It didn’t help that, at the same time, Lamborghini was starting to make waves with its sexy mid-engined supercar, the Miura. Ferrari needed to respond to the growing threats in its surroundings, and it responded with this stunner. With Pininfarina penning the car, the 365 GTB/4 was a Ferrari unlike anything the automaker had built at that time. It adopted a more angular design that accurately previewed the styling trends of the 1970s, though not necessarily in line with other Ferrari models that came before it. Ferrari gambled that the 365 GTB/4 would bring glory back to Maranello, and the car did just that, winning its share of high-profile races, including a 1-2-3 victory at the 1967 24 Hours of Daytona that earned the car its unofficial “Daytona” nickname. Only 1,406 Ferrari 365 GTB/4s were built, and the model has since become a high-valued item among Ferrari collectors
|Engine:||4.4-liter V-12 engine|
|Output:||352 horsepower and 318 pound-feet of torque|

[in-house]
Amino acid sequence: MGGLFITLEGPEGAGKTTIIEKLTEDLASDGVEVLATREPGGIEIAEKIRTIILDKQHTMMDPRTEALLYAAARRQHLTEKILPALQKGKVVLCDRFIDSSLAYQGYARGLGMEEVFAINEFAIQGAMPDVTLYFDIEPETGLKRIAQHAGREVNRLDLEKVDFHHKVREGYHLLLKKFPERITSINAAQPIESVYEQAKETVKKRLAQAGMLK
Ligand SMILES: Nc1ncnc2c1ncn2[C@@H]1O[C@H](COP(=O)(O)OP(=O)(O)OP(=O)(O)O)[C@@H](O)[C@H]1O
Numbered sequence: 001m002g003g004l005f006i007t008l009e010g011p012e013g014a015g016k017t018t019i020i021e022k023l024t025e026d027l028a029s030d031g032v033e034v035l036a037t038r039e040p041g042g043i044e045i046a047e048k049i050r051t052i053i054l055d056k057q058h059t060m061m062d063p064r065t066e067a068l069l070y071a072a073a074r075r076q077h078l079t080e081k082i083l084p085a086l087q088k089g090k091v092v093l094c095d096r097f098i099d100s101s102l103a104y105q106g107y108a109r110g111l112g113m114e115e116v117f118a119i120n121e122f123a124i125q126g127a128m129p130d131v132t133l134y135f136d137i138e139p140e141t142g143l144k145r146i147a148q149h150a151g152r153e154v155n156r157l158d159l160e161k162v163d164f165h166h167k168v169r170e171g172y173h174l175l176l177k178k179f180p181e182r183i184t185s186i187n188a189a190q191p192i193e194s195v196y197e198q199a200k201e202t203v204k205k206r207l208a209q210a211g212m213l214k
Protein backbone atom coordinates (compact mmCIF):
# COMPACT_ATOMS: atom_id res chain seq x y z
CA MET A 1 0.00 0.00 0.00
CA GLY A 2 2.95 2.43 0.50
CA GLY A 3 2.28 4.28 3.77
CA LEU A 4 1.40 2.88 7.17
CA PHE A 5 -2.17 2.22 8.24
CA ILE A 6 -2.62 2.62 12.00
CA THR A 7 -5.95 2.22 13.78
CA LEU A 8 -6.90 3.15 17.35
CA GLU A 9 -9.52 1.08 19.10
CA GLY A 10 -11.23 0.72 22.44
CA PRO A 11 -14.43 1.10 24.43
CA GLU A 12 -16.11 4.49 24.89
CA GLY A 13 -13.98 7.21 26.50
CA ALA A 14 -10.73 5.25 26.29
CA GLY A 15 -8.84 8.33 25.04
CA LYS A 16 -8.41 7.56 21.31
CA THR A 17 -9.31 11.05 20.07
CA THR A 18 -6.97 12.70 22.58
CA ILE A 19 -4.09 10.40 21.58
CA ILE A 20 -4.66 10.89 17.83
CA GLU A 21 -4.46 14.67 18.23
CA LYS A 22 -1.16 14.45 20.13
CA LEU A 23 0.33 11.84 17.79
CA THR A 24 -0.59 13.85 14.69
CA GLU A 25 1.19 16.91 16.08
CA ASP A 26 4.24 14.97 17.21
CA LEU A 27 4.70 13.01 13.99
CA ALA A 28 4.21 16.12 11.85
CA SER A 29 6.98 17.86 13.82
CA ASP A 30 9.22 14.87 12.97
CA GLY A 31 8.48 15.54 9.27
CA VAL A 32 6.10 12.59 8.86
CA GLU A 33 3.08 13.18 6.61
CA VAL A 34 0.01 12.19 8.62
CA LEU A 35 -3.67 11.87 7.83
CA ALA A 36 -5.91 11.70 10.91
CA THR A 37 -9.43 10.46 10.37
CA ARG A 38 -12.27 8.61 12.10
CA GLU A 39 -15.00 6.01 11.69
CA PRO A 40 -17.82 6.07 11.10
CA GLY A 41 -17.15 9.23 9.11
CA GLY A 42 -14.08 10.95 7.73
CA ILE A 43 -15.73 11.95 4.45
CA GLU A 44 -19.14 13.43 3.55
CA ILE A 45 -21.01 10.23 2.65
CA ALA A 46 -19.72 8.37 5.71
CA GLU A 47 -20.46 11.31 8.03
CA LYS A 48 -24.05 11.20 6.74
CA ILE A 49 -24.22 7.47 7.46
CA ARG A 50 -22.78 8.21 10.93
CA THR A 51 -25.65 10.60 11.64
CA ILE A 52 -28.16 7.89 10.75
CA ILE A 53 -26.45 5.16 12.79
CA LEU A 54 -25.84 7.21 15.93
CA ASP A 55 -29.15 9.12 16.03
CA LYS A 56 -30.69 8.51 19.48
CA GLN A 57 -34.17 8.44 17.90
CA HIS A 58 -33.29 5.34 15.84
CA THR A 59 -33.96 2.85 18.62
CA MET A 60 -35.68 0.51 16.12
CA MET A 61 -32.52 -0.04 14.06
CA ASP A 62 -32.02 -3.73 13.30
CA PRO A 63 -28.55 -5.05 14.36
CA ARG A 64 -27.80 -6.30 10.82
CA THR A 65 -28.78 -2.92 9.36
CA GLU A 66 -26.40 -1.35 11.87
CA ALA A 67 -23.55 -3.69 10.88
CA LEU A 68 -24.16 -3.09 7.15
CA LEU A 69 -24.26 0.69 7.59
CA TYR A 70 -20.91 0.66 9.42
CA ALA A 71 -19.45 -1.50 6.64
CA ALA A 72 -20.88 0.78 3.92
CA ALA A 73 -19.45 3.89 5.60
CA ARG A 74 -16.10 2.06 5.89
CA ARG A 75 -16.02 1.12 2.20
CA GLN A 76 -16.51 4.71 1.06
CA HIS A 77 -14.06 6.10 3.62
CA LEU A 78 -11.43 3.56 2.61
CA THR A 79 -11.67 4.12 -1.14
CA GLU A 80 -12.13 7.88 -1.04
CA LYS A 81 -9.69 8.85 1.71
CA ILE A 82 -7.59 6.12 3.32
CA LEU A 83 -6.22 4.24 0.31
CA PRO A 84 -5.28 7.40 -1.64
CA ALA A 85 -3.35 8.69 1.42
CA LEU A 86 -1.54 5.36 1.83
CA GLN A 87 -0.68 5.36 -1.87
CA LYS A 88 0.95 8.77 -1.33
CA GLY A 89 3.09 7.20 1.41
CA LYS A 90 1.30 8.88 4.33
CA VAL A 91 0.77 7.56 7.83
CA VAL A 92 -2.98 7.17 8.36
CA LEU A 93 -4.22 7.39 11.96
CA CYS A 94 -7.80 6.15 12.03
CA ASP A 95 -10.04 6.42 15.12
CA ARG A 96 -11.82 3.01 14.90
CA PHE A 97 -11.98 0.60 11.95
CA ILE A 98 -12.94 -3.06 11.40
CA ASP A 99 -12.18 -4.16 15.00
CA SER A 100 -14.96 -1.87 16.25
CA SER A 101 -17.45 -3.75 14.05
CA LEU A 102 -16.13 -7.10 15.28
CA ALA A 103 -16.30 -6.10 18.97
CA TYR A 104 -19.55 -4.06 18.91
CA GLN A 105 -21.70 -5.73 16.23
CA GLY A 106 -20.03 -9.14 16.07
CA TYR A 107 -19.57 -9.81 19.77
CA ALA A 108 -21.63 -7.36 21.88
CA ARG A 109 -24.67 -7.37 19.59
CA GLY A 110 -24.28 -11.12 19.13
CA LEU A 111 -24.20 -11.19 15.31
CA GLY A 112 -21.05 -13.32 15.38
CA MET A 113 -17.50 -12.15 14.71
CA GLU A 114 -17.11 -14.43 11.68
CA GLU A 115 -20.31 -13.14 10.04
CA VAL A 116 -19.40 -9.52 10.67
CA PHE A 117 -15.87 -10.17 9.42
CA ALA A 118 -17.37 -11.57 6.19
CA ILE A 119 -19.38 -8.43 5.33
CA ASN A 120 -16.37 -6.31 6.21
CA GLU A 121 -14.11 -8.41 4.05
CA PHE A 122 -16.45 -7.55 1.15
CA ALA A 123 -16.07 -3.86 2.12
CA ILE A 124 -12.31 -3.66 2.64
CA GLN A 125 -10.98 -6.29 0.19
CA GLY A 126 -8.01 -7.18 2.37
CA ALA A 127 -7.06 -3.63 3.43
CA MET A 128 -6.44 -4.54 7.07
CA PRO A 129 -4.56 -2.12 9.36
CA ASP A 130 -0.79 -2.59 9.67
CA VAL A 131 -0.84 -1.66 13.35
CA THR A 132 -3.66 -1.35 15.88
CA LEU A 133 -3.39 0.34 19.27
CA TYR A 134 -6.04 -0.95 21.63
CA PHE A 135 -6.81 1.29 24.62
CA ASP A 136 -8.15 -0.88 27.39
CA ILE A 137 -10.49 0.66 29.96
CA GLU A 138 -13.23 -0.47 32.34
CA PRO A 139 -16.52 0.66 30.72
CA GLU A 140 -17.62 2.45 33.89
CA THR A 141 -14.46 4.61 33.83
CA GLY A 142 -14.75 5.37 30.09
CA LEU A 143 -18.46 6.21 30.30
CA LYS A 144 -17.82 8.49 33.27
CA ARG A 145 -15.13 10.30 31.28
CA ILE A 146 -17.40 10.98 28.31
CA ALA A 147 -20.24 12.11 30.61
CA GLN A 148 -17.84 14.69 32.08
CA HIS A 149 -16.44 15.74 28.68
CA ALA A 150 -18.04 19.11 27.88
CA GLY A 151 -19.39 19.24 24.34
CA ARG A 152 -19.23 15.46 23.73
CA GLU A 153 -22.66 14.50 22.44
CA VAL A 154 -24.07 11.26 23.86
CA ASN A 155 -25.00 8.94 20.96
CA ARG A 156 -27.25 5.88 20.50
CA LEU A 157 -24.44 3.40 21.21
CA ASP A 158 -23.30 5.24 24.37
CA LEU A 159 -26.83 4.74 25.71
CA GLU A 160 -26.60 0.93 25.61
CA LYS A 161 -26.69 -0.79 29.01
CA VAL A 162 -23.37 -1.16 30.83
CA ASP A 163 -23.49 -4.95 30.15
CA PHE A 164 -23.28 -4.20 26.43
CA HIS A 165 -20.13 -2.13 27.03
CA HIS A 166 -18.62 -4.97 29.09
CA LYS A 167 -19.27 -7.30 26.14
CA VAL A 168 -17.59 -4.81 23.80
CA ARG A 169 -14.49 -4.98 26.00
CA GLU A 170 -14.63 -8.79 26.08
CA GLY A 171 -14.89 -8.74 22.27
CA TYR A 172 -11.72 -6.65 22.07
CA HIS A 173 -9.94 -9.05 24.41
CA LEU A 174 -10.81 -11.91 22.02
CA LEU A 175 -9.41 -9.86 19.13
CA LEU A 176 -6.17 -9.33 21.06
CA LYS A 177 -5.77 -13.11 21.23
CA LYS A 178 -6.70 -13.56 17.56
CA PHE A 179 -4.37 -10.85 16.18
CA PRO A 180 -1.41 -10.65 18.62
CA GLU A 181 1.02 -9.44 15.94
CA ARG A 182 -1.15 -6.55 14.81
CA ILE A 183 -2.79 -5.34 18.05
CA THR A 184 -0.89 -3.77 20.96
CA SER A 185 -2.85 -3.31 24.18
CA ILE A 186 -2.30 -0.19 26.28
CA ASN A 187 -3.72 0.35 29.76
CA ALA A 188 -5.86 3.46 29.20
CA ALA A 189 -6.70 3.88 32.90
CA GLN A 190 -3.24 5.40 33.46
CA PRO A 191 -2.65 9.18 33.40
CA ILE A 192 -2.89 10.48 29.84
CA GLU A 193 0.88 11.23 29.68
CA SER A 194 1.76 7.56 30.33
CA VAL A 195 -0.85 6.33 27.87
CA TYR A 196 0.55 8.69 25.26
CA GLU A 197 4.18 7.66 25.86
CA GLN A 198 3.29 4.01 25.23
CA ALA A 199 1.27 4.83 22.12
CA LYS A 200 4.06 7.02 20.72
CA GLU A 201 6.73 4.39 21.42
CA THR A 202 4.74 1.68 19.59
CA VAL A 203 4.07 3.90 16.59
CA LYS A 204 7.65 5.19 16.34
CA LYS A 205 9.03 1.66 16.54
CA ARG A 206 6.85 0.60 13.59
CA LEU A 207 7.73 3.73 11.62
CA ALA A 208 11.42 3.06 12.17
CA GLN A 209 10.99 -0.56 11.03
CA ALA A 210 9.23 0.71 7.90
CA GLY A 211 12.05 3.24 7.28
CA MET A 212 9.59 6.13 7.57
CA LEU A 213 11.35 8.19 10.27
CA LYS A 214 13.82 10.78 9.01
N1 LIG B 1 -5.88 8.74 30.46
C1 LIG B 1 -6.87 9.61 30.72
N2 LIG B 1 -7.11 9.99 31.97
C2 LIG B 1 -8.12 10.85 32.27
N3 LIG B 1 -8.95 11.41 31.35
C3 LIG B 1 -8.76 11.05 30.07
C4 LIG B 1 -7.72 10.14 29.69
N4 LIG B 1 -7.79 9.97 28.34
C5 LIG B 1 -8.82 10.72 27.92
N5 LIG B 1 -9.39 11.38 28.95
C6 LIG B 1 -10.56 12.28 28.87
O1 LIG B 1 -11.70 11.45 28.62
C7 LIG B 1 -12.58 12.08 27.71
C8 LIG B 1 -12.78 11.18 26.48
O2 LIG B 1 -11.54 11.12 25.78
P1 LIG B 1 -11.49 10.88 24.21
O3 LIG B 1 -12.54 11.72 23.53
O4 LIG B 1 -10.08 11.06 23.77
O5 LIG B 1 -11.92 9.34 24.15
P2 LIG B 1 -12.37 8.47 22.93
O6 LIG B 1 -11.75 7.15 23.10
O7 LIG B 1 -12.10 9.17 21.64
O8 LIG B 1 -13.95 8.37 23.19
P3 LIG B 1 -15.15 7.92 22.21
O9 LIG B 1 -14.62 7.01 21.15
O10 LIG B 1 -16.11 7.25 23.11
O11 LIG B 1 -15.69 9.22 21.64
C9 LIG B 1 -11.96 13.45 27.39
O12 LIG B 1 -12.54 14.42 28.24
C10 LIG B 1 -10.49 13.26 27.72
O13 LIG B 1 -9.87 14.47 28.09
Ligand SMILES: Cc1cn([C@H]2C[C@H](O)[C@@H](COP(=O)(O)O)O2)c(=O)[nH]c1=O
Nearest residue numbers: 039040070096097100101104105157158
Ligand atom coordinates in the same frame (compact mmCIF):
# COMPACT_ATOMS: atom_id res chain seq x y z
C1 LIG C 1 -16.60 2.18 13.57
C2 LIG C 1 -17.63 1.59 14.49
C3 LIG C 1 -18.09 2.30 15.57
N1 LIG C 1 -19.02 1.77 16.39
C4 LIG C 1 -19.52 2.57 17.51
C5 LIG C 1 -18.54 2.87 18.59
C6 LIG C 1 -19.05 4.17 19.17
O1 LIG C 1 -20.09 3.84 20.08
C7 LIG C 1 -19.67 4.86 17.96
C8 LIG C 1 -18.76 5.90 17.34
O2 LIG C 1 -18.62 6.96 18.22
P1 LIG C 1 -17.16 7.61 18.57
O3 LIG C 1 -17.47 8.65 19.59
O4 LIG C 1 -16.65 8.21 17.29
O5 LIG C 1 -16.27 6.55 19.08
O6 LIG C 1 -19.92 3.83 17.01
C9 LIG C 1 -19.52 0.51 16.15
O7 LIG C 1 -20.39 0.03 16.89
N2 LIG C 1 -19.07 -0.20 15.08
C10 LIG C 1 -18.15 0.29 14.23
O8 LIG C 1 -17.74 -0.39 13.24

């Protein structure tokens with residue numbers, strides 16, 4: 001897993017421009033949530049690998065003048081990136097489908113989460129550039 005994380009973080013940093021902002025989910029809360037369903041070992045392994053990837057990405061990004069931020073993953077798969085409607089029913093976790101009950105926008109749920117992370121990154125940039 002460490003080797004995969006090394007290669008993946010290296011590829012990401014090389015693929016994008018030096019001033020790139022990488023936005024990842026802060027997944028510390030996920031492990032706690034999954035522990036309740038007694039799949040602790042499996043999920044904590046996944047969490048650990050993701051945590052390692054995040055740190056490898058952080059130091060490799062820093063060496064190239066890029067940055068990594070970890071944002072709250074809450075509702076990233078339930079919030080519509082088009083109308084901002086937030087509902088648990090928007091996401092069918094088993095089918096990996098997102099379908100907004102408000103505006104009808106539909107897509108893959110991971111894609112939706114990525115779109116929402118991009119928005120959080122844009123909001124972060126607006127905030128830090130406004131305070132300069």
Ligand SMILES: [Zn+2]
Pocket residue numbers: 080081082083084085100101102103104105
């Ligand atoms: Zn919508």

|Transmission:||Five-speed manual, rear-wheel drive|
|0-to-60 mph time:||5.4 seconds|
|Top speed:||174 mph|
|Horsepower per liter:||80 horsepower|
|Estimated current value:||$1 million|
Read our full review on the 1968 Ferrari 365 GTB/4 Daytona
The Ferrari Dino 246 is historical for a number of reasons. It’s one of the few cars that Ferrari built that doesn’t carry the automaker’s iconic Prancing Horse badge. That distinction is largely due to the Dino’s other distinction as the first Ferrari to feature a smaller V-6 engine. The Dino first arrived in 1968 with a 2.0-liter V-6 engine, hence its Dino 206 GT nomenclature.
From there, the Dino evolved into a model that carried a 2.4-liter V-6, becoming the model we know today as the Dino 246.
Ferrari pictured the Dino as its answer to the Porsche 911, and while the sub-brand itself didn’t last long, the Dino nameplate, which founder Enzo Ferrari dedicated to his son, Dino, has become one of the most sought-after Ferraris all of them. It also helps that when you ask people to identify the sexiest-looking Ferrari of all time, the Dino get a good amount of mentions.
|Engine:||2.4-liter V-6 engine|
|Output:||195 horsepower and 166 pound-feet of torque|
|0-to-50 mph time:||5.5 seconds|
|Horsepower per liter:||81.25 horsepower|
|Estimated current value:||$600,000|
Read our full review on the 1969 Ferrari Dino 246